A Fish Caught in Time: The Search for the Coelacanth by Samantha Weinberg
This is the modern history of the discovery of living Coelacanths (pronounced ‘seel-uh-kanths’). Since there have been exciting developments since 1998, it serves as a background text well worth reading especially for the human side of the story, the personalities involved, also a record of the petty exploitation and destruction these unique creatures have suffered since their rediscovery. Samantha Weinberg details the circumstances that led up to their protected status.
A few days before Christmas in 1938, a Coelacanth was caught at the mouth of the Chalumna River on the east coast of South Africa. The fish was caught by Captain Goosen and his crew, who had no idea of the significance of their find. They thought the fish was unusual enough to alert the curator of the local museum in the small South African town of East London, Marjorie Courtenay-Latimer.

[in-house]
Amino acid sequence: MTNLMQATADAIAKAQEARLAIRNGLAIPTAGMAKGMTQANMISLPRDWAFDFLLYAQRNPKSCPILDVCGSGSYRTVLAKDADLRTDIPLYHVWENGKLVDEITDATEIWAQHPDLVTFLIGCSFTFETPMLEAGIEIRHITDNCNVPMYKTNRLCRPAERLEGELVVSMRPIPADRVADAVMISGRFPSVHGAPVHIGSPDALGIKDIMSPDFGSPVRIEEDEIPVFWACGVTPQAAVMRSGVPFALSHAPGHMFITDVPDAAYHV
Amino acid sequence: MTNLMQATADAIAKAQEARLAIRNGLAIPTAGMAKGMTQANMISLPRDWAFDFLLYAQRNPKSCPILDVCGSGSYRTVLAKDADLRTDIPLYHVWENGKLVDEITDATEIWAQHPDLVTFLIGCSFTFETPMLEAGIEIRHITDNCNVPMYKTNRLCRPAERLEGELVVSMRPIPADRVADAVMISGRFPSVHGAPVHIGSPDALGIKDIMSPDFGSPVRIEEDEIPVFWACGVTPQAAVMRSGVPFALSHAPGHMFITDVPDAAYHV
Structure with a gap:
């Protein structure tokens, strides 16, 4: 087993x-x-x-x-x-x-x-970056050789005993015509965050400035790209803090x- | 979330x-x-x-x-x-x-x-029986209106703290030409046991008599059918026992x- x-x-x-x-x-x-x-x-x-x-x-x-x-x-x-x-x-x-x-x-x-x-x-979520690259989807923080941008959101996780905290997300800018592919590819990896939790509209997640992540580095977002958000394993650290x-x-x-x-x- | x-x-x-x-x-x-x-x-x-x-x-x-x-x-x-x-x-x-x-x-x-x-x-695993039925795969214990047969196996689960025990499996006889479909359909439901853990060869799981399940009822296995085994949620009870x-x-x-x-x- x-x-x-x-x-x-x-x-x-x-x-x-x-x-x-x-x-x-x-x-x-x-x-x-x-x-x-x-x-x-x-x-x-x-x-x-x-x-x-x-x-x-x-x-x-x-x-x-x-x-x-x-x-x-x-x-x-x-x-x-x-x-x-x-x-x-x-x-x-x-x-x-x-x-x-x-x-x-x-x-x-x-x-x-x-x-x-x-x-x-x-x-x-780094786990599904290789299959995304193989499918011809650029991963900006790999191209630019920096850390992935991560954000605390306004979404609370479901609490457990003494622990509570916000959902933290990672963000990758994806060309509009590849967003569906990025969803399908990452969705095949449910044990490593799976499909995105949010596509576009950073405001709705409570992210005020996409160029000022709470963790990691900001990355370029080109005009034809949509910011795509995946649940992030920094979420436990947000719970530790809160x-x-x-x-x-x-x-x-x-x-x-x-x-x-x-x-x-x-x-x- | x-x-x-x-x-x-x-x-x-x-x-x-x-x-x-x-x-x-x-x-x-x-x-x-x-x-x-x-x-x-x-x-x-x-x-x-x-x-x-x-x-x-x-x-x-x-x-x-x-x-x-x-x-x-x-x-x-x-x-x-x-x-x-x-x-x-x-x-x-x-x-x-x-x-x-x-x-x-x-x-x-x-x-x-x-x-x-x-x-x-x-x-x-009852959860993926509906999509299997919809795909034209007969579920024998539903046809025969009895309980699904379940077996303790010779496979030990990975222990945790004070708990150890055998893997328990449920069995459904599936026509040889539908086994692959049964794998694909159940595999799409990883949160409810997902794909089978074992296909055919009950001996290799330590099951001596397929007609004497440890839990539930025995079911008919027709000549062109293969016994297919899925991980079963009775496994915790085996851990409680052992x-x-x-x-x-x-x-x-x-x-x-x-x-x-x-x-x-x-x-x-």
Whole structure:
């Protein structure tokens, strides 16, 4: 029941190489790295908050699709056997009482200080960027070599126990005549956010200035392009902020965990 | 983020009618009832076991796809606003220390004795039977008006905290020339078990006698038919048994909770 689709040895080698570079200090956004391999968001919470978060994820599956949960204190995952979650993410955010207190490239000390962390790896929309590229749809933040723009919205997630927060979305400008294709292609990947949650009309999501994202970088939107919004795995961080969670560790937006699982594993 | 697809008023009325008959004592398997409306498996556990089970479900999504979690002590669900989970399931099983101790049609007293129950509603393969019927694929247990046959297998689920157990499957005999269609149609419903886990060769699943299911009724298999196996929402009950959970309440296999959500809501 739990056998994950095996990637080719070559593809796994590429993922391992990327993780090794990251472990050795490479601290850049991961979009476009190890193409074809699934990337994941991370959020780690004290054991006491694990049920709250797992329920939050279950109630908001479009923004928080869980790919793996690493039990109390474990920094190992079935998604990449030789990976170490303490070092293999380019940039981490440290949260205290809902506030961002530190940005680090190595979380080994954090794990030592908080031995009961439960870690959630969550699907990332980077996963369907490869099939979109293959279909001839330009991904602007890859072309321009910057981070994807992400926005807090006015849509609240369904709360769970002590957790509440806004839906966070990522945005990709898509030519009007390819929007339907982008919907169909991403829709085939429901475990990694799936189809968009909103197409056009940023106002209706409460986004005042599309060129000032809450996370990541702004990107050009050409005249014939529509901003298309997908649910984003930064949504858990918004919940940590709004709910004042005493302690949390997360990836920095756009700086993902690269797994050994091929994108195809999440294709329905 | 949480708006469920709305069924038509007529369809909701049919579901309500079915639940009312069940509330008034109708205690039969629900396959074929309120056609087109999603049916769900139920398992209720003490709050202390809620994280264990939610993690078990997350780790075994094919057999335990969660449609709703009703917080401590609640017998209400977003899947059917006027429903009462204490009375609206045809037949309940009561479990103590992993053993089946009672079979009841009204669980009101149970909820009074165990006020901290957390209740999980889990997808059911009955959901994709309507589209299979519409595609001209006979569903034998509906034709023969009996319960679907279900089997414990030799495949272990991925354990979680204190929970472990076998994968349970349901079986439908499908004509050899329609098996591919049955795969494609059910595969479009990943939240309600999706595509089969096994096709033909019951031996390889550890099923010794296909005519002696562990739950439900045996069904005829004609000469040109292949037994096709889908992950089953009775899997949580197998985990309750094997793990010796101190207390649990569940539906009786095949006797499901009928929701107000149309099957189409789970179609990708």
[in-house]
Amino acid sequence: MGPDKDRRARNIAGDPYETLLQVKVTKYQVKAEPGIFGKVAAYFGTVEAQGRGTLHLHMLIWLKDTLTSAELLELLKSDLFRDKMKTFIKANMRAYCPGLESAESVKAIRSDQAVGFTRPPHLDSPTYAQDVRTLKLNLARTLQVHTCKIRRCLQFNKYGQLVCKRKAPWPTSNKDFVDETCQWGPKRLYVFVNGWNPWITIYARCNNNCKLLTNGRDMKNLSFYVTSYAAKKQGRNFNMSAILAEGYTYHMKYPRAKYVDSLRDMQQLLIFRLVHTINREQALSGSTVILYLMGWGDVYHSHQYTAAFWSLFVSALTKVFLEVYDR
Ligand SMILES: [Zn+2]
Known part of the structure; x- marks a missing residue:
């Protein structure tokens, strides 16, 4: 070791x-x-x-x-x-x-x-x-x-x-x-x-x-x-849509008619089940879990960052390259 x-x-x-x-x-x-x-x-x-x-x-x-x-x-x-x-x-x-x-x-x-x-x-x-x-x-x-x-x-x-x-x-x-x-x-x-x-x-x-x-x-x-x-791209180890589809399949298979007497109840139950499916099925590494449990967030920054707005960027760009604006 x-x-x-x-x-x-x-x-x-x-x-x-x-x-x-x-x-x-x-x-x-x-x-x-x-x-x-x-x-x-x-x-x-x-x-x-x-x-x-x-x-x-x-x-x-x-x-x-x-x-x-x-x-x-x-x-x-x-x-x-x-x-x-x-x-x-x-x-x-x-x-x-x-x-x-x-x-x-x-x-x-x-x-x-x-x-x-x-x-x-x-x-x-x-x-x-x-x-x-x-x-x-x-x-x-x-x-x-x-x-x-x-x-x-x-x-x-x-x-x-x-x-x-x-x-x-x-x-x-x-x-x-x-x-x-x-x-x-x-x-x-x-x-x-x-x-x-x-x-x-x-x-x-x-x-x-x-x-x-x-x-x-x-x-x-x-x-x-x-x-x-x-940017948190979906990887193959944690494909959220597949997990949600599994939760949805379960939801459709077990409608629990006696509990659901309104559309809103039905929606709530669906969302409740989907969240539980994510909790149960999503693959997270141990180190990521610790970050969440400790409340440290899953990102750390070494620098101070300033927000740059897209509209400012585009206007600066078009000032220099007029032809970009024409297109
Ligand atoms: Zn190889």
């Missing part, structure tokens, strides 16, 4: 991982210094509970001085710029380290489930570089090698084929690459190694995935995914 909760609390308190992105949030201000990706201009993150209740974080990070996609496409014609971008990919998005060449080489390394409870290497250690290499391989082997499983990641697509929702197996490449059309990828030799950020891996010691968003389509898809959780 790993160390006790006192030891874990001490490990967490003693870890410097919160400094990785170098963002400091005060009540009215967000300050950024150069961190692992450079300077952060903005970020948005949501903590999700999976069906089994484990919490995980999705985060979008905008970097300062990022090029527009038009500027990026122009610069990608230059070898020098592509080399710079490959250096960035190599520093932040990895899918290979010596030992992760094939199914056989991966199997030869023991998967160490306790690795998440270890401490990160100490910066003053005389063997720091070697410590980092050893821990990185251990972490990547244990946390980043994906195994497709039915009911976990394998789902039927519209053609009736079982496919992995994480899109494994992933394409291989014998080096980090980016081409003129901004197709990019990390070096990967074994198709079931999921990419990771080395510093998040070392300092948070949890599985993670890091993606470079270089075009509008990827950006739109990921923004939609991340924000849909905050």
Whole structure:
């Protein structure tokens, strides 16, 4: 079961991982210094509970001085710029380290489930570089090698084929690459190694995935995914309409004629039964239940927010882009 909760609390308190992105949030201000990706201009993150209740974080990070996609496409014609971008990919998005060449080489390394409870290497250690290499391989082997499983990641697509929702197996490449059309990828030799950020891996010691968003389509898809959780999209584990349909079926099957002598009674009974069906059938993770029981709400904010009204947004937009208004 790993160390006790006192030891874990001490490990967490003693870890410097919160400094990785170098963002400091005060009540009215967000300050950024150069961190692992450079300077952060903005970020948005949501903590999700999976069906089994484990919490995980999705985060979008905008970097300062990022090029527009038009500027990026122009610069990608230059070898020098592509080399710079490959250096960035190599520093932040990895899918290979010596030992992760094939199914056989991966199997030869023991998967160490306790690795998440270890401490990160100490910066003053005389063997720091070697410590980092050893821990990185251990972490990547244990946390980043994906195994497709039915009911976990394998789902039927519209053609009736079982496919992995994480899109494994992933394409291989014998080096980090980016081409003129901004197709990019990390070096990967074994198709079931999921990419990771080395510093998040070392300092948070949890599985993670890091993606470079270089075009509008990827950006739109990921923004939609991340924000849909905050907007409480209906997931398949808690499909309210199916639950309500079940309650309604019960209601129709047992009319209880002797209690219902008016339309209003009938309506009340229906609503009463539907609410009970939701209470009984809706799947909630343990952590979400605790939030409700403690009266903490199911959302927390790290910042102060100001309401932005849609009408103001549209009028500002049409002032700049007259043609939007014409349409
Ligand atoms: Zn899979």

She almost didn’t make the trek down to the docks because it was hot and she was busy. It was fortunate she did. She saw the strange blue fish and, as she said later, declared it was “the most beautiful fish I had ever seen…” She bought the animal and proceeded to take it back with her. After an argument with a cabbie who didn’t want to take the smelly carcass in his taxi, Courtenay-Latimer got it to the museum. However, once she was there she had no refrigeration facilities in which to keep such a large specimen and neither the local cold-storage warehouse nor the mortuary would cooperate. Turning to a local taxidermist, she had the animal and its viscera preserved as best she could. Then she wrote to J L B Smith telling him the story and including a sketch of the unusual animal. Smith was a South African chemistry professor who had taught himself ichthyology..